An analysis examining Medicare data found that the number of elderly beneficiaries receiving narcotic painkillers and anti-anxiety medications drastically increased from 2007 to 2012.
Published Online: June 11, 2014
Katie Sullivan, MA
An analysis examining Medicare data found that the number of elderly beneficiaries receiving narcotic painkillers and anti-anxiety medications drastically increased from 2007 to 2012. Those patients were also found to be taking medications for much longer periods of time than other patients.
To be exact, 8.5 million patients aged 65 years and older received prescriptions under Medicare for opioid pain medications—a 30% increase over 5 years. As well, the use of drugs like hydrocodone and oxycodone grew more than 50%, while the amount of each narcotic provided to the average beneficiary rose 15% to about 3 months’ supply. The data suggests that nearly 1 in 5 Medicare beneficiaries is using the drugs for pain management on a long-term basis.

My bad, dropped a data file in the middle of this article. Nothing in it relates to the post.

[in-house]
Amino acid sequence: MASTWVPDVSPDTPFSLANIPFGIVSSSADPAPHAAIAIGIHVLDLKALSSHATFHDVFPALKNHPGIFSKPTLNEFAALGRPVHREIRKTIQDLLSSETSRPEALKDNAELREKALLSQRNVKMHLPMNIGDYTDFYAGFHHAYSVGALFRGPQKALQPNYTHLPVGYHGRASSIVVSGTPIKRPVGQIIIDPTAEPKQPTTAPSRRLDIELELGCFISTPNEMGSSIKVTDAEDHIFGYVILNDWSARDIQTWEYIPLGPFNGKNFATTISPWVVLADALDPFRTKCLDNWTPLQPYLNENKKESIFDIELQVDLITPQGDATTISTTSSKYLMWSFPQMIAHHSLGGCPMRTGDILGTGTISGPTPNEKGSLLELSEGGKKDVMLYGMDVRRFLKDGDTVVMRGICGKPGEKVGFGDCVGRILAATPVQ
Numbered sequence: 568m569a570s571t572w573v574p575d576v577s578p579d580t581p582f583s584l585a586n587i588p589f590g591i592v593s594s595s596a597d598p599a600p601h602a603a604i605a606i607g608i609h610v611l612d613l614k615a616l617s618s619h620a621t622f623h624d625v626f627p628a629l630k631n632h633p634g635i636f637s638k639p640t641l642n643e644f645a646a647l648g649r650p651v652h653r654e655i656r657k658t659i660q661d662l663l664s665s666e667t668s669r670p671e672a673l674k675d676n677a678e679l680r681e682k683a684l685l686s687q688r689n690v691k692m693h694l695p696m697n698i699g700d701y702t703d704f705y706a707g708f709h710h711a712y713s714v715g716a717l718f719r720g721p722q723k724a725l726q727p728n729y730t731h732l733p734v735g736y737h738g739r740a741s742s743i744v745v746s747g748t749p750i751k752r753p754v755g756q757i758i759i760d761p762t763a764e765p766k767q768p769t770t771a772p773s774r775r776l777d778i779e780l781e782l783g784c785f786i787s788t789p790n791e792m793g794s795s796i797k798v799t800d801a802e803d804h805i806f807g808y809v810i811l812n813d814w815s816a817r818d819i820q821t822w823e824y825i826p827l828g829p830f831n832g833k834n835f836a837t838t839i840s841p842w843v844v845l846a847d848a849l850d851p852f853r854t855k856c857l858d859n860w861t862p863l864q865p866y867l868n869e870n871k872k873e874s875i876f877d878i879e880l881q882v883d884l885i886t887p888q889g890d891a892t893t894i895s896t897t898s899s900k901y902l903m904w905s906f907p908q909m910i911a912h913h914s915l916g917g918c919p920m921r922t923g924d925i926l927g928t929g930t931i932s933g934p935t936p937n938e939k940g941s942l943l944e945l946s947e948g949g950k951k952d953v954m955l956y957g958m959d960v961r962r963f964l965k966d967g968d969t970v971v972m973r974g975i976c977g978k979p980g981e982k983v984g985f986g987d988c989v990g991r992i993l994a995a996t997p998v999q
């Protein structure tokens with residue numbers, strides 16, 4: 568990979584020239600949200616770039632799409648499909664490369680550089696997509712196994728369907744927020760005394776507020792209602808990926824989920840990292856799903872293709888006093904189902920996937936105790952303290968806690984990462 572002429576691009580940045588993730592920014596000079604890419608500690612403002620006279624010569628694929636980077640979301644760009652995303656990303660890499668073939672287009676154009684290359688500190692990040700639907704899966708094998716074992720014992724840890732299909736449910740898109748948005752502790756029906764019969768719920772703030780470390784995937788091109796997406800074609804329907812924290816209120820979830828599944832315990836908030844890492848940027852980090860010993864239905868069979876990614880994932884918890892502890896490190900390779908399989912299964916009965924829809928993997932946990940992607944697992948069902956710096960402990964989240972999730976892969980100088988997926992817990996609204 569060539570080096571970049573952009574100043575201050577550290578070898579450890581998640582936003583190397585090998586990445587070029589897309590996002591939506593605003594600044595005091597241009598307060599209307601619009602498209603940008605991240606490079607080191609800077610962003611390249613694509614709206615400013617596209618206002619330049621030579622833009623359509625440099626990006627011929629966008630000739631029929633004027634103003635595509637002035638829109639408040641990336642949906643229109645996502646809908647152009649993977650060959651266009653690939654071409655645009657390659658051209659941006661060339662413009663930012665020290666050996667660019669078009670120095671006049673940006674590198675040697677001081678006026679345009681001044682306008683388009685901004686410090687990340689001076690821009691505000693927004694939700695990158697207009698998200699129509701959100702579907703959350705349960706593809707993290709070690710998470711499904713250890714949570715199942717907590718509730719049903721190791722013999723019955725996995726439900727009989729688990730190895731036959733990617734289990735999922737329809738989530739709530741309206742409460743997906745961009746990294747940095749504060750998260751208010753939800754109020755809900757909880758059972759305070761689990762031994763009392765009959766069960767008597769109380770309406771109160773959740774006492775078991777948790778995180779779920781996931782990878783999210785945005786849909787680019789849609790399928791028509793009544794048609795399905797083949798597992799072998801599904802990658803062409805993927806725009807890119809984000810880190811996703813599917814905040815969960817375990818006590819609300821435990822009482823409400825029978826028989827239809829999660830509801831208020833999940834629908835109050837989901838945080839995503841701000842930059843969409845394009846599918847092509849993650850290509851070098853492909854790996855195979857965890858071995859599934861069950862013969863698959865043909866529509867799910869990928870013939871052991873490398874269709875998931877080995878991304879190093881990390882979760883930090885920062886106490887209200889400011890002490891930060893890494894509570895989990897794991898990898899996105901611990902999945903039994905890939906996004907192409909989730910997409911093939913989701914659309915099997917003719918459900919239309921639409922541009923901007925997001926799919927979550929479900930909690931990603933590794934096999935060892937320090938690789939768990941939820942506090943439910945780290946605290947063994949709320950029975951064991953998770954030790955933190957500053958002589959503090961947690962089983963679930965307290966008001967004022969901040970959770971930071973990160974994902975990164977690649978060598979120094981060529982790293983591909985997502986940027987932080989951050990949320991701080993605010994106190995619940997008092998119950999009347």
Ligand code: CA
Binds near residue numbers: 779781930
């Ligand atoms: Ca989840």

“The big surprise for me is the amount of time that people are being left on these drugs—it’s really concerning,” said Linda Simoni-Wastila, BSPharm, PhD, professor at the University of Maryland School of Pharmacy.
The number of senior patients who were prescribed anti-anxiety medications, including alprazolam and buspirone, also rose by 25% to 700,000 beneficiaries. They received an average of 5 months’ supply of the medications in 2012—a 10% increase from 2007.
The statistics are concerning for public health officials, as the long-term use of pain and antianxiety medications can put patients at risk for abuse or dependence.
Officials from CMS said, “Medicare takes instances of prescription drug misuse very seriously and recently put in place aggressive new rules that take further steps to prevent drug abuse and overutilization.”
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